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Calculate the moisture content of air

  1. May 9, 2017 #1
    1. The problem statement, all variables and given/known data
    During tests at cliffside power station, the following data was recorded from the cooling tower.
    A cooling tower has a 9 cell draft design, each diameter is 10m.
    D_o = 10m
    V_exit = 14.4 m/s
    T_exit(15 celsius) = 288.15K

    Ambient conditions : T(15 celsius) = 288.15K , Φ = 30%
    Flowrate = 7111.11 kg/s
    T_entry(22 celsius) = 295.15K
    1% of water lost to evaporation

    >Calculate the moisture content(ω) of the air leaving the tower (kg/kg)?

    2. Relevant equations
    ω = m_v/m_a
    ω = v_a/v_v

    ω = 0.622 * (Pv)/(P - Pv)

    Φ = (ωPa)/(0.622Ps)

    3. The attempt at a solution

    P_atm = 101.3 kPa
    Mass is conserved through system

    A_o = 78.54 m^2
    A_tot = 706.86 m^2
    Psat (leaving tower, 15) = 1.7057 kPa in steam tables

    Therefore Pv = 0.3*1.7057 = 0.51171 ??

    "ω = 0.622 * (Pv)/(P - Pv)" I need to find P which is the exit pressure? So with the velocity and mass flow I have to find the exit pressure somehow.

    A little lost at the moment, would love some direction.

  2. jcsd
  3. May 10, 2017 #2


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    No quick responses, so let me try to help (not an expert, just a physicist).
    You're not the only one who is a little lost in this exercise. Is it a subsection of a bigger one? There really is a lot of info.
    I assume there are 9 cells of 10 m in diameter, so the volume flow at the exit is ##9 \, \pi D_0^2/4 \times 10 ## m/s ##= 7070 ## m3/s . This air contains the water that came in with the ambient air plus 1% of the 7111.11 kg/s (where this six-digit suggested accuracy comes from is a mystery to me) of the water to be cooled.

    find kg/s of water coming in with the ambient air
    add kg/s of water evaporated
    find exhaust temperature of moist air (hard part - see below)
    apply your relevant equations

    (ps I don't understand or believe ##\omega = {v_a\over v_v} ## )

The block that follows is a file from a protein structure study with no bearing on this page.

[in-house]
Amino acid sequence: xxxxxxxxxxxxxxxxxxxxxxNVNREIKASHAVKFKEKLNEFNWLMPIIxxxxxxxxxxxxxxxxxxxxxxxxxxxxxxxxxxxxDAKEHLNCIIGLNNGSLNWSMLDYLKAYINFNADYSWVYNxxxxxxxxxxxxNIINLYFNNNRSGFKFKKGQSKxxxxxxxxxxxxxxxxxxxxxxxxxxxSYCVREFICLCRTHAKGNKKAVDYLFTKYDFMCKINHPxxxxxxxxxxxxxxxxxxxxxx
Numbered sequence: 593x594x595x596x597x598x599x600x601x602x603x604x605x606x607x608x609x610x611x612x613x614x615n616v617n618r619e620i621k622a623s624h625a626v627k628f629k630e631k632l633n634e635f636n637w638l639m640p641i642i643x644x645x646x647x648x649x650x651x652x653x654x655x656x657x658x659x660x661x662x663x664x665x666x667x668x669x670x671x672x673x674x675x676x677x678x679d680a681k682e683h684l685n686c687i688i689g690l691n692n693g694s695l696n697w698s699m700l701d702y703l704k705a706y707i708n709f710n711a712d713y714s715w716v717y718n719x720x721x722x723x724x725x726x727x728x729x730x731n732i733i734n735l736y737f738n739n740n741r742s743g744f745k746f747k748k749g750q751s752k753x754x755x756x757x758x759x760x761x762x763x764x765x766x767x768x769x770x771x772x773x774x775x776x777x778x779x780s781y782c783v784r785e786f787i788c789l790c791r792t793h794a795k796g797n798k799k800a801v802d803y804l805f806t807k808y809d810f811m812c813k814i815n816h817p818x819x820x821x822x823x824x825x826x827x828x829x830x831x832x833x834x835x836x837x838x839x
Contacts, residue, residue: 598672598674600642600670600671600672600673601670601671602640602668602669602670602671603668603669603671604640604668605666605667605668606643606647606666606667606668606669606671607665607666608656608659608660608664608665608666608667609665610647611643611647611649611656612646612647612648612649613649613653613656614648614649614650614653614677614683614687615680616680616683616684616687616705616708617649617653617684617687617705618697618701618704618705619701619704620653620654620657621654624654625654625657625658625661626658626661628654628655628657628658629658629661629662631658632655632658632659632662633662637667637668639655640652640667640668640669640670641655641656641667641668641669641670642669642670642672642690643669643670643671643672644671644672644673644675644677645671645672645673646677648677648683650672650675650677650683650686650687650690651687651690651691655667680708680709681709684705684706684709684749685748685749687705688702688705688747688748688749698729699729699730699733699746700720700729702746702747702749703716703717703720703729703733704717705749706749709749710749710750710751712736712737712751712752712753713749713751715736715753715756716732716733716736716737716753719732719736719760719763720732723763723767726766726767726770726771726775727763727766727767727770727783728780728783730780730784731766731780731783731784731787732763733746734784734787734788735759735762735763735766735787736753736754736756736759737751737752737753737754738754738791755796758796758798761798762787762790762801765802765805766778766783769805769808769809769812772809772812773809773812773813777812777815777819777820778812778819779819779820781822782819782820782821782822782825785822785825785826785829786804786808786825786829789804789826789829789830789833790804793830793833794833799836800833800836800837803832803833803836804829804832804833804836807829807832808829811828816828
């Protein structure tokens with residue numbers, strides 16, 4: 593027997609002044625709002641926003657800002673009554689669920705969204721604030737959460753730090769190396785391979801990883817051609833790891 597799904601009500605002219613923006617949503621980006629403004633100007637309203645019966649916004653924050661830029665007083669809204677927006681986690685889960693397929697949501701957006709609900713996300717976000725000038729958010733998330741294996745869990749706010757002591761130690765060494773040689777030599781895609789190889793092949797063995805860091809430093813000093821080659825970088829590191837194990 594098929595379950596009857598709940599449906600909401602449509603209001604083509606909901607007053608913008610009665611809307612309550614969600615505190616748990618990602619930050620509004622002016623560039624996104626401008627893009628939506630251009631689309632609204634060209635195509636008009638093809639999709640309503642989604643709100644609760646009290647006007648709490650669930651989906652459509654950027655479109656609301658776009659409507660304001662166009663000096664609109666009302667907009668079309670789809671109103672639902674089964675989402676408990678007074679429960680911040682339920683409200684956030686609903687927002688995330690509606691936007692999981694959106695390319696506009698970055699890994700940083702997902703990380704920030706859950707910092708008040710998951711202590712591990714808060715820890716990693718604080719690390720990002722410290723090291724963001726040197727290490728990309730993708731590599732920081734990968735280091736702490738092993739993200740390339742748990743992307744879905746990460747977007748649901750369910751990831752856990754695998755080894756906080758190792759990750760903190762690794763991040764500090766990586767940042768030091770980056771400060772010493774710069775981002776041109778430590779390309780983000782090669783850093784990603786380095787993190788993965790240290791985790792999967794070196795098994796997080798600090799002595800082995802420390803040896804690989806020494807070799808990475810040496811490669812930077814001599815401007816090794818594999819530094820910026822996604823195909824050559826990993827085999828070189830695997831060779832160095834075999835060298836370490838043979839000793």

Probably overkill:

    Basically the cooling tower is a co-current heat exchanger with a phase change and mixing of part of one inlet to the other outlet. So to do this correctly you need to solve a coupled mass- and heat balance problem. Hefty.

    I don't think you can expect the moist air exit temperature to be equal to the ambient temperature (*), but I expect it to be a good approximation to let the exit pressure be one atmosphere.

    For the heat balance you'll need an estimate for the heat capacity of moist air, the heat of evaporation, the density of moist air etc. (links just to give an impression).

    (*) it is warmer because it has to rise up and there is a driving force for heat exchange for a finite-size device. Another reason I see in a rough heat balance: power for cooling the water 7 C is less than heat of evaporation plus heat to warm up even the dry air 7 C.
  4. May 10, 2017 #3
    Really appreciate the response.

    Intuitively I did something similar. 1% of 7111.11 is 71.11 kg.

    Therefore (71.11 + density of water in ambient conditions*V) / (Density of dry air * V)

    > (71.11 + 0.00321* 7300 m^3)/(1.201*7300m^3)

    = approx 0.00107 kg/kg air

    I figured if 71.11kg is evaporated every second and it travels at 10.4 m/s the volume to work with is 10.4 * Area

    Also here is the full context of the question. (scared if I post it people think Im just outsourcing my homework)

    During tests at Cliffside Power Station in North Carolina, the following data was recorded from the cooling tower. The cooling tower was a 9-cell forced-draft design, with each cell having an exit diameter of 10m. Exit velocity of air from the tower was 10.4m/s. Ambient conditions were 15oC, Φ=30%. Condenser cooling water entered the tower at 22oC and exited at 15oC, with a flowrate of 25.6x106 kg/hr. 1% of the water was lost to evaporation. Clearly stating any assumptions that you make, calculate the moisture content of the air leaving the tower in kg/kg. Show that the temperature of the air leaving the tower must have been about 19oC
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